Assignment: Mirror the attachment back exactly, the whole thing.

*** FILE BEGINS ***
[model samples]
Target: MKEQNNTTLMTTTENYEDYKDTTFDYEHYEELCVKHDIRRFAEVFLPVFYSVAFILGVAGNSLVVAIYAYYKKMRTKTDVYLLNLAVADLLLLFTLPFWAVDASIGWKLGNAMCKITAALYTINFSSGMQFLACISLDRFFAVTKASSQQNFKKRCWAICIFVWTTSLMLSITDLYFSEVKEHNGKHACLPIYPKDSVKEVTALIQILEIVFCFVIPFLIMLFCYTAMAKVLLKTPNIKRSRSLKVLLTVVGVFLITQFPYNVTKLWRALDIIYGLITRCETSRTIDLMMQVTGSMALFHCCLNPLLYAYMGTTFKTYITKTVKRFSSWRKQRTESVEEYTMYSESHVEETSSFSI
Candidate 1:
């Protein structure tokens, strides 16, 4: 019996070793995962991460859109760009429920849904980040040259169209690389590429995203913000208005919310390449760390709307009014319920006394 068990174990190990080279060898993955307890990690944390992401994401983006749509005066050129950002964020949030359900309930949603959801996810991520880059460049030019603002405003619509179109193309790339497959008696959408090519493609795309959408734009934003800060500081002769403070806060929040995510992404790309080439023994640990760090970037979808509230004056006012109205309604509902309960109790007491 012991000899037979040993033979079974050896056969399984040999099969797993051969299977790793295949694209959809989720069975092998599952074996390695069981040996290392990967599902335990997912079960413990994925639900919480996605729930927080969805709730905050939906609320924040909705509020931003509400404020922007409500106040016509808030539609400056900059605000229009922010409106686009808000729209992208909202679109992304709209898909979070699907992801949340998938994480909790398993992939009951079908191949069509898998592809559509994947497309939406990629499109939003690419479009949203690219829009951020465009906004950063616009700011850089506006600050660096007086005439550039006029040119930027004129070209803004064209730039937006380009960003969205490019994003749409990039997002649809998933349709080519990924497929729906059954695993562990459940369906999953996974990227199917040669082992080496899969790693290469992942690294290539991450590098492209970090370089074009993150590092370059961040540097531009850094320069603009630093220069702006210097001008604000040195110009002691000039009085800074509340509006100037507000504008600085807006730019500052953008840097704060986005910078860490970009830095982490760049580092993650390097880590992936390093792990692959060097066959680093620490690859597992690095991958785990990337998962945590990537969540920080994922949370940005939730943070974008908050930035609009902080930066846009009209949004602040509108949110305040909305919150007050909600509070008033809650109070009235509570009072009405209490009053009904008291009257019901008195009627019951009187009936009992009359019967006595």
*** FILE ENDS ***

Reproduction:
[model samples]
Target: MKEQNNTTLMTTTENYEDYKDTTFDYEHYEELCVKHDIRRFAEVFLPVFYSVAFILGVAGNSLVVAIYAYYKKMRTKTDVYLLNLAVADLLLLFTLPFWAVDASIGWKLGNAMCKITAALYTINFSSGMQFLACISLDRFFAVTKASSQQNFKKRCWAICIFVWTTSLMLSITDLYFSEVKEHNGKHACLPIYPKDSVKEVTALIQILEIVFCFVIPFLIMLFCYTAMAKVLLKTPNIKRSRSLKVLLTVVGVFLITQFPYNVTKLWRALDIIYGLITRCETSRTIDLMMQVTGSMALFHCCLNPLLYAYMGTTFKTYITKTVKRFSSWRKQRTESVEEYTMYSESHVEETSSFSI
Candidate 1:
């Protein structure tokens, strides 16, 4: 019996070793995962991460859109760009429920849904980040040259169209690389590429995203913000208005919310390449760390709307009014319920006394 068990174990190990080279060898993955307890990690944390992401994401983006749509005066050129950002964020949030359900309930949603959801996810991520880059460049030019603002405003619509179109193309790339497959008696959408090519493609795309959408734009934003800060500081002769403070806060929040995510992404790309080439023994640990760090970037979808509230004056006012109205309604509902309960109790007491 012991000899037979040993033979079974050896056969399984040999099969797993051969299977790793295949694209959809989720069975092998599952074996390695069981040996290392990967599902335990997912079960413990994925639900919480996605729930927080969805709730905050939906609320924040909705509020931003509400404020922007409500106040016509808030539609400056900059605000229009922010409106686009808000729209992208909202679109992304709209898909979070699907992801949340998938994480909790398993992939009951079908191949069509898998592809559509994947497309939406990629499109939003690419479009949203690219829009951020465009906004950063616009700011850089506006600050660096007086005439550039006029040119930027004129070209803004064209730039937006380009960003969205490019994003749409990039997002649809998933349709080519990924497929729906059954695993562990459940369906999953996974990227199917040669082992080496899969790693290469992942690294290539991450590098492209970090370089074009993150590092370059961040540097531009850094320069603009630093220069702006210097001008604000040195110009002691000039009085800074509340509006100037507000504008600085807006730019500052953008840097704060986005910078860490970009830095982490760049580092993650390097880590992936390093792990692959060097066959680093620490690859597992690095991958785990990337998962945590990537969540920080994922949370940005939730943070974008908050930035609009902080930066846009009209949004602040509108949110305040909305919150007050909600509070008033809650109070009235509570009072009405209490009053009904008291009257019901008195009627019951009187009936009992009359019967006595």